This last Friday, Turkey also was informed by a U.S. appeals court that its key state-owned bank, accused of helping Iran evade U.S. sanctions, can indeed be prosecuted in U.S. courts. While Halkbank denies money laundering and fraud, U.S. prosecutors accuse the Turkish bank of involvement in an illegal network dedicated to converting oil revenues into gold and then cash to benefit Iran, transactions amounting to billions of dollars.
Erdogan had invested high hopes and massive lobbying efforts to get the U.S. to quash the case, including former President Trump’s reported assurances while in office that he would intervene personally, but to no avail. While Halkbank will appeal, if it’s found guilty of sanctions violations it could face multimillion dollar fines and extraordinary reputational damage.
Since his election with new presidential powers he delineated in 2018, Erdogan and his government have seen a sustained decline in support from the Turkish electorate, increasingly frustrated by the economic woes for which the government, despite setting policy, refuses to take responsibility. Poll after poll show that if elections were held today, Erdogan certainly would not be able to conjure up a majority.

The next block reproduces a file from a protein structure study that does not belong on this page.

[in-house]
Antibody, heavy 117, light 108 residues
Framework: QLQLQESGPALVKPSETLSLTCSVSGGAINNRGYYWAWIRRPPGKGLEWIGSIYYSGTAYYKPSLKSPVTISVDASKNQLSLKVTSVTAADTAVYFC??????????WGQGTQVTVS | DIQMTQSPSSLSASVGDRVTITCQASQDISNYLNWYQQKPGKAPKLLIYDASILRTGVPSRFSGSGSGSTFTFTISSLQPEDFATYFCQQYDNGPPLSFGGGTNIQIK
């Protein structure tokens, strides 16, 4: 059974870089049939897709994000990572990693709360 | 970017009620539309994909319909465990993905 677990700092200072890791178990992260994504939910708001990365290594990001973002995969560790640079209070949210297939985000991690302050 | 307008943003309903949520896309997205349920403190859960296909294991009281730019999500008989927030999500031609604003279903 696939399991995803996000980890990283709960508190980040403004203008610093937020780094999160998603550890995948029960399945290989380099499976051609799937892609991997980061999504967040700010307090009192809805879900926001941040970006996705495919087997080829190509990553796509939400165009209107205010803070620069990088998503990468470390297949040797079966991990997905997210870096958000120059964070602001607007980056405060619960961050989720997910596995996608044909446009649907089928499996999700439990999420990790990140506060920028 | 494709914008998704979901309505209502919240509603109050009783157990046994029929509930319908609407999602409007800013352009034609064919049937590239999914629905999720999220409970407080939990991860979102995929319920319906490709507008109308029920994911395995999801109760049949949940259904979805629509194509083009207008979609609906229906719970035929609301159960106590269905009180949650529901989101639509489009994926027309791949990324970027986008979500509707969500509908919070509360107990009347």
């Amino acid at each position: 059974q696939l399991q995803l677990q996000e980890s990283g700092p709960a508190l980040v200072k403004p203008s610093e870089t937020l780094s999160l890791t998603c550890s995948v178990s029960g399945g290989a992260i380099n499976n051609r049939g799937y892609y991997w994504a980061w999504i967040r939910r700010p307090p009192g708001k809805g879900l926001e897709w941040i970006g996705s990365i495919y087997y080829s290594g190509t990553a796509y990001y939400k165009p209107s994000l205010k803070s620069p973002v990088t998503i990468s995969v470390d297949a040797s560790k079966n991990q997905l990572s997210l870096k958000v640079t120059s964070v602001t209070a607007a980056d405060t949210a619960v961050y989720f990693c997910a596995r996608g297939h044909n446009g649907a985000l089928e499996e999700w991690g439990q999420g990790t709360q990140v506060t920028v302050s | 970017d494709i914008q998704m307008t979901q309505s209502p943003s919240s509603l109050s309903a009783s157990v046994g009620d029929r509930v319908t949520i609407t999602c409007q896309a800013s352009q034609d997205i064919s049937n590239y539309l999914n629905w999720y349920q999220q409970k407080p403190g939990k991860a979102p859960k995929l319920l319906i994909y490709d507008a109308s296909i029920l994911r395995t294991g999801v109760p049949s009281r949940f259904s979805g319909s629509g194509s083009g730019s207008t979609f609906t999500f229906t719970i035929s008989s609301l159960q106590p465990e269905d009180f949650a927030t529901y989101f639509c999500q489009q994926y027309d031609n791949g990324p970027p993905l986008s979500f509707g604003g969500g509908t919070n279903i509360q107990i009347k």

The same warning signs started flashing on a local level when, in 2019, the AKP lost control over a number of major municipalities, including Istanbul and Ankara, to a newly united opposition, which since has shown a surprising capacity to keep unified and with its eye on the prize.
While Erdogan’s strategy has been to concentrate power into his own hands and into the hands of a small ultra-loyal coterie, this may now be turning into his Achilles’ heel.